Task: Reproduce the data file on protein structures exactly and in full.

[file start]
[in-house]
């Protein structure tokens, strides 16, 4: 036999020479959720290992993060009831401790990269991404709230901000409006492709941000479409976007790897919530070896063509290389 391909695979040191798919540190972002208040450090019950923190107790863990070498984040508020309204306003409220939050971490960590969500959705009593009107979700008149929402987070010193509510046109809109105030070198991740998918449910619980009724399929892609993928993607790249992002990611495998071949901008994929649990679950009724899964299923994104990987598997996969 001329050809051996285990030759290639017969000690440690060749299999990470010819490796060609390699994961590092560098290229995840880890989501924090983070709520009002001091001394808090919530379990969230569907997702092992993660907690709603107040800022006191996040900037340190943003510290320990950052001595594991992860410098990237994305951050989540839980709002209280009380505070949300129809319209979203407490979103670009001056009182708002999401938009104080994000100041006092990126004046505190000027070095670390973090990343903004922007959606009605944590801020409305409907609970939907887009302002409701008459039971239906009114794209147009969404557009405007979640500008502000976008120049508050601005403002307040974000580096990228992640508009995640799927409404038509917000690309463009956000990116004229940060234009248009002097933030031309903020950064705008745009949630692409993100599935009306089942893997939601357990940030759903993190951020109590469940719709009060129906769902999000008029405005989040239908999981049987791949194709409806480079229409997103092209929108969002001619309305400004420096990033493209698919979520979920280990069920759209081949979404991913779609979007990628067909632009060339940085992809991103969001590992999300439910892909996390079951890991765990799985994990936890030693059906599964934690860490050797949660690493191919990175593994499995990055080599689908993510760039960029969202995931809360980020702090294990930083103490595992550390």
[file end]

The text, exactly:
[in-house]
């Protein structure tokens, strides 16, 4: 036999020479959720290992993060009831401790990269991404709230901000409006492709941000479409976007790897919530070896063509290389 391909695979040191798919540190972002208040450090019950923190107790863990070498984040508020309204306003409220939050971490960590969500959705009593009107979700008149929402987070010193509510046109809109105030070198991740998918449910619980009724399929892609993928993607790249992002990611495998071949901008994929649990679950009724899964299923994104990987598997996969 001329050809051996285990030759290639017969000690440690060749299999990470010819490796060609390699994961590092560098290229995840880890989501924090983070709520009002001091001394808090919530379990969230569907997702092992993660907690709603107040800022006191996040900037340190943003510290320990950052001595594991992860410098990237994305951050989540839980709002209280009380505070949300129809319209979203407490979103670009001056009182708002999401938009104080994000100041006092990126004046505190000027070095670390973090990343903004922007959606009605944590801020409305409907609970939907887009302002409701008459039971239906009114794209147009969404557009405007979640500008502000976008120049508050601005403002307040974000580096990228992640508009995640799927409404038509917000690309463009956000990116004229940060234009248009002097933030031309903020950064705008745009949630692409993100599935009306089942893997939601357990940030759903993190951020109590469940719709009060129906769902999000008029405005989040239908999981049987791949194709409806480079229409997103092209929108969002001619309305400004420096990033493209698919979520979920280990069920759209081949979404991913779609979007990628067909632009060339940085992809991103969001590992999300439910892909996390079951890991765990799985994990936890030693059906599964934690860490050797949660690493191919990175593994499995990055080599689908993510760039960029969202995931809360980020702090294990930083103490595992550390």